“Love, Simon” largely unoriginal, delivers stereotypical teen romance

Becky Albertalli’s vision of character Simon Spier’s not-so-typical love story, “Simon vs. the Homo Sapien’s Agenda” was brought to the big screen as “Love, Simon” on March 10, quenching the LGBT community’s thirst for a non-mainstream teen romance.

As the theatres flooded with those with high hopes for a new teen classic, the box office earned $11.5 million within the first week — though I can’t see why.

The movie, which has been playing locally at the Emmaus Theater, ends its run at the independent cinema at 7 p.m. tomorrow.

“Love, Simon” is an average love story with a pop of controversy — Simon is gay. He struggles to accept his sexual preference and come out not only to his parents and best friend but his entire high school. Go big or go home, right? After an email persona “Blue” comes out through an anonymous post sent to the entire student body on a chat forum, Simon’s inner conflict intensifies. He sends a message to Blue, a romance begins to blossom, an antagonist is introduced through the power of blackmail — and the plot thickens. Yet this story doesn’t necessarily have anything new and exciting to offer for those looking for an original love story. Imagine “16 Candles” and “You’ve Got Mail” merged together to make a baby — “Love, Simon” is that baby. And it happens to be gay.

Though “Love, Simon” does not offer anything new to audiences — besides the fact that it’s the first gay romance produced by a large studio to be aimed at teens — it does have redeeming factors through the charm of the classic love story format it follows.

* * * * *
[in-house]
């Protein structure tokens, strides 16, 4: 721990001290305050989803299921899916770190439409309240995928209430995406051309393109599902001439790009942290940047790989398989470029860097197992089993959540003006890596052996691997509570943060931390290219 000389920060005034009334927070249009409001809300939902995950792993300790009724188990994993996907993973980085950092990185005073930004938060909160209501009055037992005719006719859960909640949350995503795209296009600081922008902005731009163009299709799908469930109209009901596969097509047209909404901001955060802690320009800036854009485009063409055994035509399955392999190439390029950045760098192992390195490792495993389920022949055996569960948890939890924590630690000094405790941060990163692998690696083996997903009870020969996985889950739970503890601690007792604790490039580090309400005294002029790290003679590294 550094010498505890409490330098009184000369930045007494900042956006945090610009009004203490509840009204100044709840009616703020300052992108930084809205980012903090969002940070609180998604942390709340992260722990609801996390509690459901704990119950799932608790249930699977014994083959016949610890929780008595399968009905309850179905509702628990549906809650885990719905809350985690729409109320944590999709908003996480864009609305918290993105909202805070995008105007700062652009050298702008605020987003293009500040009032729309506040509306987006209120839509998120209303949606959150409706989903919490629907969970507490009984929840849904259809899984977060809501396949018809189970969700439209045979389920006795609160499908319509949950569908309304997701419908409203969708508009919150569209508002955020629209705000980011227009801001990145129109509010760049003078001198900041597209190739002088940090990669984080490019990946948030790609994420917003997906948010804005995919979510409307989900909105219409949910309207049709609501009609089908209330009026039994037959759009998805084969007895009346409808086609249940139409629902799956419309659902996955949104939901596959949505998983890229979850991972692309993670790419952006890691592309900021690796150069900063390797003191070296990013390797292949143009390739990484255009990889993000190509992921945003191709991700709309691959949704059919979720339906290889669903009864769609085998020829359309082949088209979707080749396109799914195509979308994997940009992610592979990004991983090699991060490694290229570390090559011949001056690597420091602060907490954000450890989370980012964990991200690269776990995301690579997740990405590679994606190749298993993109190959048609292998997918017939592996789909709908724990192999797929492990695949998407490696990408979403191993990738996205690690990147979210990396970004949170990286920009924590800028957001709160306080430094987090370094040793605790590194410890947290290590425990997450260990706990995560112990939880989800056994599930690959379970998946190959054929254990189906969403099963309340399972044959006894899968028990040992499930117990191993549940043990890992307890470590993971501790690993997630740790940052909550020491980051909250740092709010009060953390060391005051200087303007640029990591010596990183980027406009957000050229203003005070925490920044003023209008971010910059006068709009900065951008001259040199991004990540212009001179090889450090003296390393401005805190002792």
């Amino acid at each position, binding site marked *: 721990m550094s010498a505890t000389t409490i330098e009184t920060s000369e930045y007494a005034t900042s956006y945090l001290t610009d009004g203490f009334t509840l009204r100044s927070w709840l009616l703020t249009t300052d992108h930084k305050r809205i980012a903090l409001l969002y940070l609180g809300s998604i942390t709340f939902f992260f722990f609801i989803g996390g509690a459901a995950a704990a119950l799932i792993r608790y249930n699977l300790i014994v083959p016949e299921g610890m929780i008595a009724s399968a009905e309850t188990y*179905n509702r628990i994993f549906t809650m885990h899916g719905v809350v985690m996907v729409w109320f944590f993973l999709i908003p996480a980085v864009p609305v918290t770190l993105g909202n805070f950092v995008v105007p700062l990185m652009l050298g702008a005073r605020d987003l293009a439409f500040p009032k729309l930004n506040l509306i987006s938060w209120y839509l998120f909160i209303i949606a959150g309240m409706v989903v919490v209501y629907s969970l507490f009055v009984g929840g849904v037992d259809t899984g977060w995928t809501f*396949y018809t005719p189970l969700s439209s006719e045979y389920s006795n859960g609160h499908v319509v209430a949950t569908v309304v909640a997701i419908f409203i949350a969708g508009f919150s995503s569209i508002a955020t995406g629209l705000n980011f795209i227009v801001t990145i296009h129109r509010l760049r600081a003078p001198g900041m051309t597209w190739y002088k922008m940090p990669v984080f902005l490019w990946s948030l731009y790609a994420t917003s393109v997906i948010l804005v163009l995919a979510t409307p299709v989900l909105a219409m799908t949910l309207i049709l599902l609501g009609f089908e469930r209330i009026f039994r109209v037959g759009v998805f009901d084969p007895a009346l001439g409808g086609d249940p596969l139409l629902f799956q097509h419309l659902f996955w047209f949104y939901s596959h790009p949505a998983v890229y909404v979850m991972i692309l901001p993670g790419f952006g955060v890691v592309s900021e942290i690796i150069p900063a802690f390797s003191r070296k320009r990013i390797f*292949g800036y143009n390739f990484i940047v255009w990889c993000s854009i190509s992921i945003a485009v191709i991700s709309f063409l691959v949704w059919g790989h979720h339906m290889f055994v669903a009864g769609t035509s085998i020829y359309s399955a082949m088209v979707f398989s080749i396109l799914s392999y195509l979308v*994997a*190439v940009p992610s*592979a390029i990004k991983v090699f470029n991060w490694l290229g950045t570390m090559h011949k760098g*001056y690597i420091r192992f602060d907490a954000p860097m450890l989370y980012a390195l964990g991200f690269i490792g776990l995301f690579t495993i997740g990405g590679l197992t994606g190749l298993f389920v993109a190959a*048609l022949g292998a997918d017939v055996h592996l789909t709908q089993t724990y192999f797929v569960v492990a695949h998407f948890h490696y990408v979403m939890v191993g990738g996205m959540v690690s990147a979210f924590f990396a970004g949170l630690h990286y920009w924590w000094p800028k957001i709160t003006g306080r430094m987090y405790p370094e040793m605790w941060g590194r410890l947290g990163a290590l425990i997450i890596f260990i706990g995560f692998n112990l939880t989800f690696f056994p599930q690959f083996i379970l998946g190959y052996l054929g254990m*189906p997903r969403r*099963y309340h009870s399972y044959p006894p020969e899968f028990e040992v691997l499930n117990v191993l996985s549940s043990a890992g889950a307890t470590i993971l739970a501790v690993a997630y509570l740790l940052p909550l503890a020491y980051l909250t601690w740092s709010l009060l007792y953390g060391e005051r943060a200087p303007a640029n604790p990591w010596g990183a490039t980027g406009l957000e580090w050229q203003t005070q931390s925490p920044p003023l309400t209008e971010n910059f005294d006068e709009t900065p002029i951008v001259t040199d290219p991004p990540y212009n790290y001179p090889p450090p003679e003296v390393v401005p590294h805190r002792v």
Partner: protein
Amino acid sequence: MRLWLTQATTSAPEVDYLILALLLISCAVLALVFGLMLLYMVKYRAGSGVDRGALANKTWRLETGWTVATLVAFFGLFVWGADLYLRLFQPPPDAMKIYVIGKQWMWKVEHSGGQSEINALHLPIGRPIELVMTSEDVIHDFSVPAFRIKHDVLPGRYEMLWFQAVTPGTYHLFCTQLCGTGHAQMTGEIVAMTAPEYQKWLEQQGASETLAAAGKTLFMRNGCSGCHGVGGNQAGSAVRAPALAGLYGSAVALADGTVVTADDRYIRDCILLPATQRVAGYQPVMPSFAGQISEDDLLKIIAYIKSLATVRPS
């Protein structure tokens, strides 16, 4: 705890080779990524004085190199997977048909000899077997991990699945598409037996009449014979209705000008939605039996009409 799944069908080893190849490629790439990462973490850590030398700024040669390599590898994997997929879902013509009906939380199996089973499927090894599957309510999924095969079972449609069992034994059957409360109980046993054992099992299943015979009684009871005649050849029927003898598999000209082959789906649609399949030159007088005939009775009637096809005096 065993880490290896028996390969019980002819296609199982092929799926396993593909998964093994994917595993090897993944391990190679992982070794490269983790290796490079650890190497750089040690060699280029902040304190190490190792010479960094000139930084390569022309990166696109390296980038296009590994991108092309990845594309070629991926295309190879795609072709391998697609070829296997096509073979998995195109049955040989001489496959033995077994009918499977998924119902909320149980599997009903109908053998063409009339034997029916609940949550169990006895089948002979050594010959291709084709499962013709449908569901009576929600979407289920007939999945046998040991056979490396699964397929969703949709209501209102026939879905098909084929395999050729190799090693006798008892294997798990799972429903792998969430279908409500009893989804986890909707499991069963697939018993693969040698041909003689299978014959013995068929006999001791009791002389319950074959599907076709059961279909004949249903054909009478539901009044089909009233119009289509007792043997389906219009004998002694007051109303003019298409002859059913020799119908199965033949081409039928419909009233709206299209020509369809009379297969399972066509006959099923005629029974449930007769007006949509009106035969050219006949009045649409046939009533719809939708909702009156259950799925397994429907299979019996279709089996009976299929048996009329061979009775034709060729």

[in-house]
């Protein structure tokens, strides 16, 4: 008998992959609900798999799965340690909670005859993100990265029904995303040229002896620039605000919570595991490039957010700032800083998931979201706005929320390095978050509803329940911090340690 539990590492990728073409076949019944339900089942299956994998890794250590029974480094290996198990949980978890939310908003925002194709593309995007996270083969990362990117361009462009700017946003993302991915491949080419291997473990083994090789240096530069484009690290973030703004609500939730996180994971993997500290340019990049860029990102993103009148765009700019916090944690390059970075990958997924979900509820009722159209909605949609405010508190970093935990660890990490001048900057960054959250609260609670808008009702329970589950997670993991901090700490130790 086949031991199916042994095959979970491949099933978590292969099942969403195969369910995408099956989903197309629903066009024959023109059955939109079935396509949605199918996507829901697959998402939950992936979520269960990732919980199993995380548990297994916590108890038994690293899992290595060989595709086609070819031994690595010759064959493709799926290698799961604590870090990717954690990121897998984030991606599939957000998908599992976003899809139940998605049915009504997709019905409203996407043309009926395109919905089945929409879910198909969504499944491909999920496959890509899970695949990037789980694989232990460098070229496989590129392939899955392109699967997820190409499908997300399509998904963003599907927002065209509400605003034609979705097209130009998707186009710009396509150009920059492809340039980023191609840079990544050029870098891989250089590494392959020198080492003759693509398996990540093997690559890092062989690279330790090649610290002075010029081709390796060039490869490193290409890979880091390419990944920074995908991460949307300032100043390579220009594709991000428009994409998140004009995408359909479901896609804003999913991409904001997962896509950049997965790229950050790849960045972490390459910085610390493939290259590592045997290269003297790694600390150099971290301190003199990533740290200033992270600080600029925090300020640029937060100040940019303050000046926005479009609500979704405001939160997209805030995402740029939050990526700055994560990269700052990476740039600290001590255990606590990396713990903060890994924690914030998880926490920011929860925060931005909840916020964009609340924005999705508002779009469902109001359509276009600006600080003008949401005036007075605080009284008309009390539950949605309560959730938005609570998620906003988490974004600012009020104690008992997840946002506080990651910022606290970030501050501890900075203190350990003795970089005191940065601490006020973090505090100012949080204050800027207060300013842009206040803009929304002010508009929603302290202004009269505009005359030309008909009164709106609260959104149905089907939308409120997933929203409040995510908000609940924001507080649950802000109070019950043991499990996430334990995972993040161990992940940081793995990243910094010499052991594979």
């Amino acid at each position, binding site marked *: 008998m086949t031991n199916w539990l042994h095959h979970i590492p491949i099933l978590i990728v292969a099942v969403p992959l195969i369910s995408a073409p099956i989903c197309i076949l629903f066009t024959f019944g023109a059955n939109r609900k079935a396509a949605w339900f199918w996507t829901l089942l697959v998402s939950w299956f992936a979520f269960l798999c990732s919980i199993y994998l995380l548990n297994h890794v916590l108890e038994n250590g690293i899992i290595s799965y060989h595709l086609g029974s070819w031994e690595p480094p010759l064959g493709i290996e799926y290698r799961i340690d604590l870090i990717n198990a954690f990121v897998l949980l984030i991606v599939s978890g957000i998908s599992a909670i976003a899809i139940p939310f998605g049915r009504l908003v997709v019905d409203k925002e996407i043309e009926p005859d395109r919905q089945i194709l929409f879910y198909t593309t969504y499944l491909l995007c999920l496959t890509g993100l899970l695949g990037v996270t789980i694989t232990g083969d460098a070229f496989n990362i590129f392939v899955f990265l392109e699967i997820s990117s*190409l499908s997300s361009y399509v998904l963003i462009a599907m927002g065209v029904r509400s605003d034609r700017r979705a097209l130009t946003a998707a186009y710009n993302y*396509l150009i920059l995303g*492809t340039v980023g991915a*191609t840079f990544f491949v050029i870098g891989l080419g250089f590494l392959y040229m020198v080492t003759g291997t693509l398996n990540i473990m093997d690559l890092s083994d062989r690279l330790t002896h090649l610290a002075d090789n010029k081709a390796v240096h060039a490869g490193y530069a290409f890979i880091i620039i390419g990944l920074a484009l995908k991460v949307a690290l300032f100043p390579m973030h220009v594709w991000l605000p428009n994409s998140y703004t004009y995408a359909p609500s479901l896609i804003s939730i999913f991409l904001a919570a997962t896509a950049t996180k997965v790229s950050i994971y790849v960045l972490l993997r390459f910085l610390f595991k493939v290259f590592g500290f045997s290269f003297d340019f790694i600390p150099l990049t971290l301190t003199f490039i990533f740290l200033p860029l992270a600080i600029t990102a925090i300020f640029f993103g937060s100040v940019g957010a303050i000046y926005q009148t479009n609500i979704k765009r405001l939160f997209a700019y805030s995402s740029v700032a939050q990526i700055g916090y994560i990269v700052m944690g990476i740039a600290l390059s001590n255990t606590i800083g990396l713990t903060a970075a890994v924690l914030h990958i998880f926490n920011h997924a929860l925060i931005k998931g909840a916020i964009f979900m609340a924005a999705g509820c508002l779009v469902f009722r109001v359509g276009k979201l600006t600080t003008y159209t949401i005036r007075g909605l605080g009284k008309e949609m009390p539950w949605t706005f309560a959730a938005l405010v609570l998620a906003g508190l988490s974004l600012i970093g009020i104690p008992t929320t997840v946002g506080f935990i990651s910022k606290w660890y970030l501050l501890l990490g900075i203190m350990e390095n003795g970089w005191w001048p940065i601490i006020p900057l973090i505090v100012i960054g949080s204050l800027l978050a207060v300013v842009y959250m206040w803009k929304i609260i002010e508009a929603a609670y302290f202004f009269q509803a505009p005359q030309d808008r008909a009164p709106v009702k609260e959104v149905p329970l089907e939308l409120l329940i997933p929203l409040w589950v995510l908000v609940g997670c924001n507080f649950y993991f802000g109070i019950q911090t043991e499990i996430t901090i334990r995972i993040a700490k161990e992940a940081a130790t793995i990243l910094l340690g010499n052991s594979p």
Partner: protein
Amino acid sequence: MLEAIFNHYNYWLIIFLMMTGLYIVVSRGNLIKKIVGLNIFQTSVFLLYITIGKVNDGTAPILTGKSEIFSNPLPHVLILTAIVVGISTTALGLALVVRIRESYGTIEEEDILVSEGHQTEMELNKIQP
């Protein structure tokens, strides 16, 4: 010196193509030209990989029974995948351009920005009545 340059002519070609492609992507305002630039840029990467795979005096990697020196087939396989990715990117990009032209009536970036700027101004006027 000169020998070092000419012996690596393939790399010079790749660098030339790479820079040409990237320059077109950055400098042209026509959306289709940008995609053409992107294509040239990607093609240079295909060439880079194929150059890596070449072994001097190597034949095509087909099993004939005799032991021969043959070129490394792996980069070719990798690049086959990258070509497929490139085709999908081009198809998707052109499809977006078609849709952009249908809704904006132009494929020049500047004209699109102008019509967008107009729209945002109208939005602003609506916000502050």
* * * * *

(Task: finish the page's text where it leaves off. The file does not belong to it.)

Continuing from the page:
In the film, Simon, portrayed by Nick Robinson, is still the same socially awkward and easy to love character as he is in Albertalli’s novel. Robinson, known for his roles in Disney Channel films and “Everything, Everything,” brought Simon to life alongside other actors and actresses with background on LGBT movies and TV shows such as Katherine Langford as Leah, Tony Hale as Mr. Worth and Jennifer Garner as Emily.

Alongside the film’s pro LGBTQ cast, Troye Sivan, who identities as LGBTQ, is involved in the soundtrack, adding to the layers that Jack Antonoff, the executive music producer, envisioned for the motion picture.

Sivan’s song “Strawberries & Cigarettes” encompases the thought of young love and heartbreak which brings a sad tone to the film as Simon jumps through hoops to be with his internet lover.

Yet, some may knock the track due to the fact that Sivan is the only gay artist, with only one song, to capture Simon’s emotions within the film. But, overall the music pairs well with the emotions and events within the film although artists such as Khalid, Bleachers and The 1975 do not have a connection to the community.

While “Love, Simon” is an excellent movie to watch if you’re looking for an unrealistic Hollywood romance, it’s not what I was hoping it would be. No matter how many elements brought into the film bring attention to the LGBTQ community — it wasn’t original. It certainly did get really romantic, yet it wasn’t anything groundbreaking.

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